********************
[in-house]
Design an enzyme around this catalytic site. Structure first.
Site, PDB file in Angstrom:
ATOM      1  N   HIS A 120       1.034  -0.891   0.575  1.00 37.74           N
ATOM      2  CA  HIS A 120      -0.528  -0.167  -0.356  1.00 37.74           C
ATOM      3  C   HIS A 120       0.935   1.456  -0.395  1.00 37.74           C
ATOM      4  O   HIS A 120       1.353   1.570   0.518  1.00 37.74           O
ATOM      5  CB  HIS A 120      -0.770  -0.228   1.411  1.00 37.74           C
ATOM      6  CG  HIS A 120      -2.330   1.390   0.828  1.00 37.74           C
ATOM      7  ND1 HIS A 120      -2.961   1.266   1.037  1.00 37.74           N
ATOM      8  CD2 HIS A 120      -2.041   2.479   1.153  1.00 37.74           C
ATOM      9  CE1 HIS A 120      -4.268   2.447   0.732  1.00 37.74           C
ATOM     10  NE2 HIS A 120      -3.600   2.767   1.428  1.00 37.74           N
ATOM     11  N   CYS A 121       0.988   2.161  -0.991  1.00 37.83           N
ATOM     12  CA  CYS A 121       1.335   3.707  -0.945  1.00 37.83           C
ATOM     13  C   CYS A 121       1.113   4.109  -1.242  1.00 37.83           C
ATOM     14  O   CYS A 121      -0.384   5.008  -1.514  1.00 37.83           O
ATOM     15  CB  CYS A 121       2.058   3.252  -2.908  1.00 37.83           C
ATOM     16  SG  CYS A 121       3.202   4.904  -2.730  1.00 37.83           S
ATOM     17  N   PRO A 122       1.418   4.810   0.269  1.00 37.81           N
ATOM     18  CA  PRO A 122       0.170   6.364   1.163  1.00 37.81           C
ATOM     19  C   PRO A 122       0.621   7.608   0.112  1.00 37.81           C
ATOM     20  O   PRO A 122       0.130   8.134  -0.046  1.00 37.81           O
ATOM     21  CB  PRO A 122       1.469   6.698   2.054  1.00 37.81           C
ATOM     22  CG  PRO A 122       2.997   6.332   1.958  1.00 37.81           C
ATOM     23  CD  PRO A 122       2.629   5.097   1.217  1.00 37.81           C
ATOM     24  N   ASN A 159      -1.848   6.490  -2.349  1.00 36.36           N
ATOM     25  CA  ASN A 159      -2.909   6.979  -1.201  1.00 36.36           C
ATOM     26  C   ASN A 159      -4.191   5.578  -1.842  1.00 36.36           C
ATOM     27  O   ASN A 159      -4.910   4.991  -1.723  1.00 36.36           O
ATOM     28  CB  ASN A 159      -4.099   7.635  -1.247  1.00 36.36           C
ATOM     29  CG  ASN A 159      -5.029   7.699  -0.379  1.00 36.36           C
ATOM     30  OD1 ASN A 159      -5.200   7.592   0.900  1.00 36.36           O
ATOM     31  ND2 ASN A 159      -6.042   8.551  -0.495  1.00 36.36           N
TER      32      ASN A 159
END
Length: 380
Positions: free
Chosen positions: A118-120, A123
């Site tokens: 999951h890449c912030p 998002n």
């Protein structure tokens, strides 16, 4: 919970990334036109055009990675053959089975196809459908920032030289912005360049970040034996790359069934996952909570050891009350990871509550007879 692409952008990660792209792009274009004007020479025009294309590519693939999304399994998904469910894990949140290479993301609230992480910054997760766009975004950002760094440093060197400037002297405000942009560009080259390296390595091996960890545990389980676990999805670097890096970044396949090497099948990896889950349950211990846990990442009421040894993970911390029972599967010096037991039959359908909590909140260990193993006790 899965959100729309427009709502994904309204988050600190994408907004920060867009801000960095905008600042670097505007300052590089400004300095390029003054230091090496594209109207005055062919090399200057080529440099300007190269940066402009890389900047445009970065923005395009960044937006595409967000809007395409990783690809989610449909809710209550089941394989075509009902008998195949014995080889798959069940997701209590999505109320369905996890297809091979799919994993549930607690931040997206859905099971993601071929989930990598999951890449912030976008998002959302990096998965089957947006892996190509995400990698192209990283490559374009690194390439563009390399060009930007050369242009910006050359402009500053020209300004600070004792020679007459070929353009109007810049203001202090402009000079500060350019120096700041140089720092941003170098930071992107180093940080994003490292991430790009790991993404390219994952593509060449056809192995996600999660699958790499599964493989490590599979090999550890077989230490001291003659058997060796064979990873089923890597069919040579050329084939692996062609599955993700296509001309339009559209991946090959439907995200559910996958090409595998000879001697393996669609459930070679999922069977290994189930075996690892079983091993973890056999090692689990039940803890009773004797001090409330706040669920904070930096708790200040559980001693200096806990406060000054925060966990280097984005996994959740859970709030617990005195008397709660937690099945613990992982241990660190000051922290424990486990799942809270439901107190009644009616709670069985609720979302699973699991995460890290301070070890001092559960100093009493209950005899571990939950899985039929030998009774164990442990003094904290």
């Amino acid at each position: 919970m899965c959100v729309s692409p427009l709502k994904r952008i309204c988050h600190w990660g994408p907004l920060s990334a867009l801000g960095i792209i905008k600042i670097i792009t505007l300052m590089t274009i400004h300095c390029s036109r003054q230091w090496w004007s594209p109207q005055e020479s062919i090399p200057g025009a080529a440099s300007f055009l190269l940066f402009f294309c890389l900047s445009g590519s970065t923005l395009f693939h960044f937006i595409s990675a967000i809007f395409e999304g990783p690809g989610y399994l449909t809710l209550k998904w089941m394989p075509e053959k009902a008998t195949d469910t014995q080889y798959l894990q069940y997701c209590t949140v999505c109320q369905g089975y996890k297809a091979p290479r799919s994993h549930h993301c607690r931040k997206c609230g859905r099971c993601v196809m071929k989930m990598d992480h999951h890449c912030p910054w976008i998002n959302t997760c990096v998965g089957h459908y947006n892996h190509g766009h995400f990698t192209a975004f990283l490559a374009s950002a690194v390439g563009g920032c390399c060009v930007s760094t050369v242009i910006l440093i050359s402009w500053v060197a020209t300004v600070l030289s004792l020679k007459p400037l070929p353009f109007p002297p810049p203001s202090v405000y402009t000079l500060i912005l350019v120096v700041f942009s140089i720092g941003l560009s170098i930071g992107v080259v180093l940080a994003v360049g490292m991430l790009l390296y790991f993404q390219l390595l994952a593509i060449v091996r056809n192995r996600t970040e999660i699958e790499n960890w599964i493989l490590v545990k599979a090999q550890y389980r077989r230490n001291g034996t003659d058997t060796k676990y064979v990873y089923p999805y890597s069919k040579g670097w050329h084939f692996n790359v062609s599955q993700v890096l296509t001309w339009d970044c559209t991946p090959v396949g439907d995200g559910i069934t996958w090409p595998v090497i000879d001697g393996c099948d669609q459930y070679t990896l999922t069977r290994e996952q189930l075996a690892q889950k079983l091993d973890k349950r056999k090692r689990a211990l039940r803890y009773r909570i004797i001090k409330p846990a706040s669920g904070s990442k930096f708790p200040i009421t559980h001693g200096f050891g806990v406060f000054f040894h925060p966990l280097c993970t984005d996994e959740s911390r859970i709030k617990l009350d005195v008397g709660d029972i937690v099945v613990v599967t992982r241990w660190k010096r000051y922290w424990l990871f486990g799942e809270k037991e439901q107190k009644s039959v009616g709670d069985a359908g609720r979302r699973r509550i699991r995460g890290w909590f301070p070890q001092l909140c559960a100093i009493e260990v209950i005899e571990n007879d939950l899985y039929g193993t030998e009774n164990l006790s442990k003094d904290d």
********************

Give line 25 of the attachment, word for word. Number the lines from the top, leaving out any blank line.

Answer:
ATOM     22  CG  PRO A 122       2.997   6.332   1.958  1.00 37.81           C